Unravelling the beauty of Fiji’s garden island, Taveuni, one step at a timehttps://indianexpress.com/article/express-sunday-eye/rise-and-falls-5709375/

Unravelling the beauty of Fiji’s garden island, Taveuni, one step at a time

Rise and Falls: Taveuni is separated from the mainland, Viti Levu, by a 90-minute flight. The island’s Somosomo Strait is home to some of the richest soft corals in the world.

Fiji’s garden island, Taveuni, Viti Levu, Bouma National Heritage Park
Walk on the wild side: Scenic beaches, sparsely inhabited villages and groves of hybrid coconut trees are ringed by emerald waters. (Photos: Amrita Das)

Isolated stretches of land are scattered below me; some with patches of forest at the centre, others denser still. Together, they span all shades from greyish green to glowing turquoise. The closer we flew to Taveuni, Fiji’s third largest island, I knew that the definition of paradise would evolve.

Taveuni is separated from the mainland, Viti Levu, by a 90-minute flight. The island’s Somosomo Strait is home to some of the richest soft corals in the world.

But I was not diving here. I was going to explore this paradise on foot. In Duncan Raymond’s cab, I drove southwards to Bouma National Heritage Park, along the coast of the island. We passed through scenic beaches, sparsely inhabited villages and groves of hybrid coconut trees, ringed by emerald waters.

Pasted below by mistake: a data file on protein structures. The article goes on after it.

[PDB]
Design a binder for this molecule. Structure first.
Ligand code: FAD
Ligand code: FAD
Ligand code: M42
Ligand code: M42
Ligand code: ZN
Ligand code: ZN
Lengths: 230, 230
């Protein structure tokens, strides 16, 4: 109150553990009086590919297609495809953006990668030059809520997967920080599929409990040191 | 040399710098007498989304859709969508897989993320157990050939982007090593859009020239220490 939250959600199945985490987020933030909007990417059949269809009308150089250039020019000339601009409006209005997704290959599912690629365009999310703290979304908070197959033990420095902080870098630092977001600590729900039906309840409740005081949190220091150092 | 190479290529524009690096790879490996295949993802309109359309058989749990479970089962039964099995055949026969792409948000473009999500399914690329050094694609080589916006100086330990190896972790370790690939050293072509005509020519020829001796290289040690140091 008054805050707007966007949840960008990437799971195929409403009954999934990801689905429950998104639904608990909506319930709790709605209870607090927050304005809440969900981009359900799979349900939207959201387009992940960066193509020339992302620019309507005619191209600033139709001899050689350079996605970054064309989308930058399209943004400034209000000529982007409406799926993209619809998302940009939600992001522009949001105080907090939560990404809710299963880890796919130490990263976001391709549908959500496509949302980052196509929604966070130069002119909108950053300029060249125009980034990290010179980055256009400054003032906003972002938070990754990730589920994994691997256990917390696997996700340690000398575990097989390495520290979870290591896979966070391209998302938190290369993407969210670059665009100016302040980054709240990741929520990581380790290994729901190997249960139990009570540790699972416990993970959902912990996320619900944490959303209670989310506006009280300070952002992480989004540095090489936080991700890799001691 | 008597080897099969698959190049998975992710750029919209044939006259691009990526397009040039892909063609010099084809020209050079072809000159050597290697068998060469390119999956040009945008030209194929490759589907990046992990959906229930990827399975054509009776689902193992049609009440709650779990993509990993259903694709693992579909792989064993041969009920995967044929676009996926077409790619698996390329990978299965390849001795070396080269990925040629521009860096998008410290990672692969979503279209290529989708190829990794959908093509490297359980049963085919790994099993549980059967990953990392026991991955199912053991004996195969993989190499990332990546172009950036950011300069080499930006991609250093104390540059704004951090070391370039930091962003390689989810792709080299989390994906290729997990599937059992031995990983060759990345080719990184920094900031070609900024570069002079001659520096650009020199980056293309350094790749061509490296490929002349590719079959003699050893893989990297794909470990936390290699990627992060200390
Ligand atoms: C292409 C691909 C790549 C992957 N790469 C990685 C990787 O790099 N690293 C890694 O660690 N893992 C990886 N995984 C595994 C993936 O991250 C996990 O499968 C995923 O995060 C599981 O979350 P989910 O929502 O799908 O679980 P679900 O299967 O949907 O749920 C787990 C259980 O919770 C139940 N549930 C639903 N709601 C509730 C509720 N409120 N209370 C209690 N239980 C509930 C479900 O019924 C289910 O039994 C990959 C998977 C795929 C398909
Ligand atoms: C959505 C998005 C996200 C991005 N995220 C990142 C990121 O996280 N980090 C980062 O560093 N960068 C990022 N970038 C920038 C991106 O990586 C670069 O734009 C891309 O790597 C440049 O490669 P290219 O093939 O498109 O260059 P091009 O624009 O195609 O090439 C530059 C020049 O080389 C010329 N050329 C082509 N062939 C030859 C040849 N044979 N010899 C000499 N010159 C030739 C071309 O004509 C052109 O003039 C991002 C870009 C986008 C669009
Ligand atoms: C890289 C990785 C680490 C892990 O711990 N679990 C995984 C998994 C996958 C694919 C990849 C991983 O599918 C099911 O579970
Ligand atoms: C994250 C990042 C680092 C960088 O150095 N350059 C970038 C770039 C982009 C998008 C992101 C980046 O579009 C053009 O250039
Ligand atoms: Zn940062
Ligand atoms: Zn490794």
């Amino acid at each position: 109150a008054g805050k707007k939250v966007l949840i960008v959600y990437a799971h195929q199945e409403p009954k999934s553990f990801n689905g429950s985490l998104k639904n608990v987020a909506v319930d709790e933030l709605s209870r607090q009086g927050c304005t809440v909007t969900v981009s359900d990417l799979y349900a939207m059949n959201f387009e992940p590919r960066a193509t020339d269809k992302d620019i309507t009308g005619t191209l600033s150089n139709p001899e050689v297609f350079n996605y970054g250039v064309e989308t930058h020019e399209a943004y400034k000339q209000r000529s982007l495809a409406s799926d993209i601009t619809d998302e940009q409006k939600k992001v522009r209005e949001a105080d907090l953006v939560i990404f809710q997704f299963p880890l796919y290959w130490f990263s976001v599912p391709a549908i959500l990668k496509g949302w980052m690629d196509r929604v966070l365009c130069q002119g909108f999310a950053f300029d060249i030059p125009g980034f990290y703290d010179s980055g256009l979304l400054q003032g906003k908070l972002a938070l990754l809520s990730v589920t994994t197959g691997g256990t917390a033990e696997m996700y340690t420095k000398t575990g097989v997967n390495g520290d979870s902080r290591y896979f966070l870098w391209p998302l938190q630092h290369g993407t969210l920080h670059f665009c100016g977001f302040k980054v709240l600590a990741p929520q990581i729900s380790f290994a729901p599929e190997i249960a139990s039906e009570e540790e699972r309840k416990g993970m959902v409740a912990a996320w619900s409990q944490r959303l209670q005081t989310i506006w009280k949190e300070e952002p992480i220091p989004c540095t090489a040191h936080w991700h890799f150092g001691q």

This symmetry changed when I took the boat from Lavena village to the mouth of the Wainibau stream. As we navigated choppy seas, the shallow bed of the South Pacific Ocean blended into the forest greens of the island. Paul, my guide, pointed out the 5 km Lavena Coastal Walk — the hike I would have done if my flight from Nadi had been on time. “There,” he pointed deep into the forest, “is where the suspension bridge was.” This bridge, one of the highlights of the hike, was washed off, to be replaced by a rope.

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After a 15-minute boat ride, the mangroves on Wainibau’s snout marked the beginning of our short hike to the waterfalls. Exotic ferns, avocado and other native trees, red ginger flowers and orchids paved our path. Ten minutes into our hike, Paul stopped on a muddy flight of steps and pointed into a tree. I tip-toed to reach him and peered into the tree. An orange dove sat well camouflaged beyond layers of leaves and branches.

Fiji’s garden island, Taveuni, Viti Levu, Bouma National Heritage Park
The Tavoro Falls. (Photos: Amrita Das)

Soon, we arrived at Wainibau Falls, which emerged amid the rainforest ravines. In the clear waterbed, I saw a school of fish and black bugs. Closer to the falls, my companion swam in the plunge pool while I sat trying to spot Fijian birds. After some time, I heard his voice from atop the waterfall. He jumped into the pool like a kingfisher diving for its catch. As we packed up, I spotted a diminutive black bird with a fine white tail. Paul remarked, “Silktail!” — a species of bird endemic to Fiji.

The sun had lost its strength on our way back. Patches of blue sky appeared behind dark clouds as we drove from Lavena to Tavoro. Tavoro Waterfalls, also called Bouma Waterfalls, is a group of three waterfalls at different levels. We walked to the first, Tavoro Falls. “The falls comes alive during rain,” shouted Paul, as we got closer to the loud cascade of the 24 m-tall Bouma falls. The water sprayed in all directions. I sat on a wooden bridge facing the falls. My toes dipped in the cold stream as I tilted my head to see the tall mahogany trees behind me. Enclosed by the sound of water, seated under a green canopy and with my toes in pristine water, I held a new picture of paradise in my memory.